We expect the RBI to keep the policy repo rate unchanged in the upcoming monetary policy. However, there is a strong case for the RBI to change its stance from “withdrawal of accommodation” to “neutral”. Financial condition has tightened a lot in the last few quarters. Real rates are reasonably high and likely to increase further as inflation is trending down. Liquidity condition has also tightened with banking system liquidity running in deficit of over Rs. 2 lakh crore on daily basis. Its impact is clearly visible in the money market with AAA rated PSU banks issuing 3 months CDs at more than120 basis points above the policy Repo rate. In the last 5 years, this spread has been close to 30-50 basis points.
The RBI may announce some measures to address the persistent liquidity challenge in the baking system. They have already started conducting VRR (variable rate repos) auctions to provide liquidity for short durations. However, this is a temporary solution and will not be effectively solve durable liquidity shortages. Based on the historical trend of cash withdrawals, around Rs. 2 lakh crore can go out of banking system between February and May. Thus, a durable liquidity solation is required. The RBI might announce LTROs (long term repo operations) or FX swaps to infuse liquidity in a time bound manner.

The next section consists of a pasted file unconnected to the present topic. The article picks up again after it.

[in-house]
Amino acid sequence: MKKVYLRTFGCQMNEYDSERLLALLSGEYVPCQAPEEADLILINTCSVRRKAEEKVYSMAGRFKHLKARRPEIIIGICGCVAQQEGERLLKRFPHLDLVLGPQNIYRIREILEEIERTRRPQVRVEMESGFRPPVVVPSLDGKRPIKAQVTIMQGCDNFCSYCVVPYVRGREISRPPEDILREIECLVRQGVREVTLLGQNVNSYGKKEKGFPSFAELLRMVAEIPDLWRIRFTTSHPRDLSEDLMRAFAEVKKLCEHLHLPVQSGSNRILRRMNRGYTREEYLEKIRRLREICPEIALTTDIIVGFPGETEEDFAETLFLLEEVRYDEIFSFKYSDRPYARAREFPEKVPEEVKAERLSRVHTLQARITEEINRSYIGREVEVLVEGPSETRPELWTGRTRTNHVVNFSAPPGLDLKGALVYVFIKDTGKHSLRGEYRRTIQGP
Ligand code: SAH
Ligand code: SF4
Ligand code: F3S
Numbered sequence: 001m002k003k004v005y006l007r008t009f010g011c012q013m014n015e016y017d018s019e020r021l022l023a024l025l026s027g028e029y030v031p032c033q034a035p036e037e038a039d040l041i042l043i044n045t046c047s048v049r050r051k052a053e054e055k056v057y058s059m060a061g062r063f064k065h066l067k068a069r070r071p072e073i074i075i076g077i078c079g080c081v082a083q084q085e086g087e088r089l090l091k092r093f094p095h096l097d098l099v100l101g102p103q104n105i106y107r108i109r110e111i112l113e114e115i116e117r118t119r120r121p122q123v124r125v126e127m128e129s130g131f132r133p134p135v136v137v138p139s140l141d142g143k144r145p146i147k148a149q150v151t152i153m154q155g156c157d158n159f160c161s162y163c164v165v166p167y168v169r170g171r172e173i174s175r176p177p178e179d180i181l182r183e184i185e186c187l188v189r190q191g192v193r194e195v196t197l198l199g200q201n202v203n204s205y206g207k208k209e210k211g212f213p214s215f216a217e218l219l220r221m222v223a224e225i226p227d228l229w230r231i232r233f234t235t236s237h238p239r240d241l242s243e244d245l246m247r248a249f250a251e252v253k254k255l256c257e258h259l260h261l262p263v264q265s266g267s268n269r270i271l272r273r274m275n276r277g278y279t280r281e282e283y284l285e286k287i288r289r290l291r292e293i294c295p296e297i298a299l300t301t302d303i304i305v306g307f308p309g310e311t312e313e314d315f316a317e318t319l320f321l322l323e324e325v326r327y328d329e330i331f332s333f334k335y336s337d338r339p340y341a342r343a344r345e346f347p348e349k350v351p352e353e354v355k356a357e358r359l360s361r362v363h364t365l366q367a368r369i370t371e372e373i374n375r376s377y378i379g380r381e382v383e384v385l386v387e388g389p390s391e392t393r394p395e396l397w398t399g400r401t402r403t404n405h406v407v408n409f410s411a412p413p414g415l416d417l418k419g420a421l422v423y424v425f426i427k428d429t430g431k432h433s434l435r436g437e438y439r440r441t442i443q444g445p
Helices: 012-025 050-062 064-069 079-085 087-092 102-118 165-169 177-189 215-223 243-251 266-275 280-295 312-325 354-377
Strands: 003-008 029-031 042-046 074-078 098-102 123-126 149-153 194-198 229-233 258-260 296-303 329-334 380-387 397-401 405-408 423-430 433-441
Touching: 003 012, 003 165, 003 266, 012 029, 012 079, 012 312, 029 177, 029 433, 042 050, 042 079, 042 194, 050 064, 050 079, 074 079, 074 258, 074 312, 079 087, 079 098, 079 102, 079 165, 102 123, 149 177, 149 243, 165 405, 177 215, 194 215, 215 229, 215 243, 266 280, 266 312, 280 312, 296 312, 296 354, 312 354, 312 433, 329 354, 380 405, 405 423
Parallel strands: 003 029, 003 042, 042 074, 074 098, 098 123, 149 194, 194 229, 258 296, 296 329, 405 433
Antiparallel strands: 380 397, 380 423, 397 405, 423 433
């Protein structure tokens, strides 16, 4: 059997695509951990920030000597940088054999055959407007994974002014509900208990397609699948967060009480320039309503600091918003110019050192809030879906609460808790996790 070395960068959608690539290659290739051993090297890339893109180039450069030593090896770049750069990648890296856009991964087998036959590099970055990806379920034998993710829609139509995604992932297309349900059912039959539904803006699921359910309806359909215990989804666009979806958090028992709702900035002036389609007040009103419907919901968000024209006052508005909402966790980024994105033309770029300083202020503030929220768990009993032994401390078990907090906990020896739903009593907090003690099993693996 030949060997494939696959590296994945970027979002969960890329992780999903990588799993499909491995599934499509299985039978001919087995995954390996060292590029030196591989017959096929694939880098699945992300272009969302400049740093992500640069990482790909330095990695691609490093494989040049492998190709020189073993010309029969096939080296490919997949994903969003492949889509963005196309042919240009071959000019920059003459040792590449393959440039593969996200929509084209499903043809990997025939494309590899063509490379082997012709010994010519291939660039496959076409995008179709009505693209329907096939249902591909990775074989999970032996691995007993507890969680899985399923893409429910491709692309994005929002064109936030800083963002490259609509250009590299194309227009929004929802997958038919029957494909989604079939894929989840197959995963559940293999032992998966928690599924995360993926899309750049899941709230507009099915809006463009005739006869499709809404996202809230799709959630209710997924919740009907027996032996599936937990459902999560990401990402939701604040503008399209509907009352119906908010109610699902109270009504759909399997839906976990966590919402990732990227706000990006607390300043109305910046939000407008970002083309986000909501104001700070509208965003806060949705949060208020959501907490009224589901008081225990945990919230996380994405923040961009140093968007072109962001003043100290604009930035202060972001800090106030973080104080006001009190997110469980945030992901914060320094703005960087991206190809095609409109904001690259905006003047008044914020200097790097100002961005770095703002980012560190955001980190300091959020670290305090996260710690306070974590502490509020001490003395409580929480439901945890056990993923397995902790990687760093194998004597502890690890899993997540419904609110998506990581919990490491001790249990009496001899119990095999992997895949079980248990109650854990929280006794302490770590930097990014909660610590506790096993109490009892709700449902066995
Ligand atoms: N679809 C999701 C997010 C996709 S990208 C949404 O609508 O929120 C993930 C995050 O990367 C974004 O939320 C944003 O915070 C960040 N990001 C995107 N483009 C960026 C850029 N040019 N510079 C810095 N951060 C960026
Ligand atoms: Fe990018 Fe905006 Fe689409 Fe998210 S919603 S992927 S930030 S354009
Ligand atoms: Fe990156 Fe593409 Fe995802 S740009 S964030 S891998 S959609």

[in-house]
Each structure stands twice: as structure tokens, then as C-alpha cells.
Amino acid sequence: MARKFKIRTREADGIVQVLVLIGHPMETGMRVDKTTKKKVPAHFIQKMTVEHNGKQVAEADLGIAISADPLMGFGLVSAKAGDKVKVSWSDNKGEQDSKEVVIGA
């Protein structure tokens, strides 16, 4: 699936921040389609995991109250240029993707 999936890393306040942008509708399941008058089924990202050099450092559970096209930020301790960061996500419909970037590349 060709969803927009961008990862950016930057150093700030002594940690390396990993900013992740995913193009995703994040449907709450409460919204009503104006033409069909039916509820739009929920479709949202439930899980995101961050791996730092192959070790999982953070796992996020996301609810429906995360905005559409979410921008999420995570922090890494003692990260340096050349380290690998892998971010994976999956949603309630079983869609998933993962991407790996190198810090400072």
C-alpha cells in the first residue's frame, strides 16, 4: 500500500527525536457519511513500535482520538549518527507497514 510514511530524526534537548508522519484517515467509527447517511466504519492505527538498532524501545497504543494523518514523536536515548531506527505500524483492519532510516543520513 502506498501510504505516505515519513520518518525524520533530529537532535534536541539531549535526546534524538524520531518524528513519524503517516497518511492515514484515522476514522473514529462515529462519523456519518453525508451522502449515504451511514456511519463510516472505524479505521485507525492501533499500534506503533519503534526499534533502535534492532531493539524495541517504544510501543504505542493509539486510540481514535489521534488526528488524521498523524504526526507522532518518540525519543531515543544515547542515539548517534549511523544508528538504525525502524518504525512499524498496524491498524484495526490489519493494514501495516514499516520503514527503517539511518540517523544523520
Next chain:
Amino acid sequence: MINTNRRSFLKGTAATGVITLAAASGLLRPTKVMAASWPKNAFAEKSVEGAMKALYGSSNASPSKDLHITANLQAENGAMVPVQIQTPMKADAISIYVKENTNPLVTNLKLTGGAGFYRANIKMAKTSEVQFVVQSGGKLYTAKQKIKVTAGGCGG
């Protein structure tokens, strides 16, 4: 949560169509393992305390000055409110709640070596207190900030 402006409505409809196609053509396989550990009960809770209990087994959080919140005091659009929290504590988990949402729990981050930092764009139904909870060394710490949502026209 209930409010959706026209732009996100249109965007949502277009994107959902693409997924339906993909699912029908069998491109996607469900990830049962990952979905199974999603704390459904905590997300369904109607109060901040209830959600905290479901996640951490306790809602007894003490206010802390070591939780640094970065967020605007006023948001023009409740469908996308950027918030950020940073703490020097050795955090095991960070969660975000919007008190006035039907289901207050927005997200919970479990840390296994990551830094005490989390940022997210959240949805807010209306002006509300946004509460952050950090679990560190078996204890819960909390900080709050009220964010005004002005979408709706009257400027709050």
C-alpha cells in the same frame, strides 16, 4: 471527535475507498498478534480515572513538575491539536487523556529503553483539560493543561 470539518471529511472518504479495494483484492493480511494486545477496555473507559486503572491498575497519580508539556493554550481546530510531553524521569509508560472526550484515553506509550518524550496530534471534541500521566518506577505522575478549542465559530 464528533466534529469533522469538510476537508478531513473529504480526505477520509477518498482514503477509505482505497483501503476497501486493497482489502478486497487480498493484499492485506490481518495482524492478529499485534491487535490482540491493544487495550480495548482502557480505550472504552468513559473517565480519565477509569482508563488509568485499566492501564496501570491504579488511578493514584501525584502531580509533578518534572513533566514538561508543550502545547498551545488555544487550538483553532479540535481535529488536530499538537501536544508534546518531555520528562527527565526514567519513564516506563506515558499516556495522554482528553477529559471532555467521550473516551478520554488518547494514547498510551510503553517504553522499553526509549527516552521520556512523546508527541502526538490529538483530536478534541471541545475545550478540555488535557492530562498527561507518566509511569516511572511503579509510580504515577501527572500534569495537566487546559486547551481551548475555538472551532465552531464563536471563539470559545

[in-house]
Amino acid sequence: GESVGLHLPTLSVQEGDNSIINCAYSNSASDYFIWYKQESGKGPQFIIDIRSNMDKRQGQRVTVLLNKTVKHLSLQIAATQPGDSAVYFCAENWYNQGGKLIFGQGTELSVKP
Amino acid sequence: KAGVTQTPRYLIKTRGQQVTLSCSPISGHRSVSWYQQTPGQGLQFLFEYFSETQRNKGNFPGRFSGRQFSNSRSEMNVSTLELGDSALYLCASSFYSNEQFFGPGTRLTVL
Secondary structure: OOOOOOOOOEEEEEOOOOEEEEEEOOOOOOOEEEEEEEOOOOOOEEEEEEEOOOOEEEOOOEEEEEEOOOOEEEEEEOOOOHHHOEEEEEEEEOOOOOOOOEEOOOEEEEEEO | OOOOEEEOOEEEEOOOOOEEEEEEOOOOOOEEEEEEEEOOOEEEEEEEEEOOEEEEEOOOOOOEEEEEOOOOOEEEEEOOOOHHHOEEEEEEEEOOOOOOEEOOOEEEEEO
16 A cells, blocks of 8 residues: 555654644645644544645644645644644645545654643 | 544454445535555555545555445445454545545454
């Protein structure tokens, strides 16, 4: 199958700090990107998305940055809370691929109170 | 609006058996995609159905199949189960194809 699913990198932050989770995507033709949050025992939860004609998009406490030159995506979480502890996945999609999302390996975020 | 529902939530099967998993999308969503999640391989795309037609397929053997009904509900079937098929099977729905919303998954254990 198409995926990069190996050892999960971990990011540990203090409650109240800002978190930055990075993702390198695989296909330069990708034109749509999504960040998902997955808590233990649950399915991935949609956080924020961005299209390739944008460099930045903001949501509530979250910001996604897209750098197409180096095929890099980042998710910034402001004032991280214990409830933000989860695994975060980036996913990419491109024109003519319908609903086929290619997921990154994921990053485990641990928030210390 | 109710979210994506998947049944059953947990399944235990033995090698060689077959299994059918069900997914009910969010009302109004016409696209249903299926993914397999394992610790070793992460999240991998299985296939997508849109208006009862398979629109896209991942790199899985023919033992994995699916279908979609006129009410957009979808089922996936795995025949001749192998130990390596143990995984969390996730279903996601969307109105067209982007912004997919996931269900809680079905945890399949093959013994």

Another key thing to watch in this policy would be the MPC’s voting pattern. After the last monetary policy, some MPC members openly advocated for a rate cut. We might see a split voting on rates this time with one or two MPC members voting for a rate cut.
Bond market is already pricing for a softer tone from the RBI. However, in case of split voting on rates market will increase the rate cut probability and yields might fall. RBI’s stance on liquidity can also influence the market in a significant way. By all means this is going to be a live policy.
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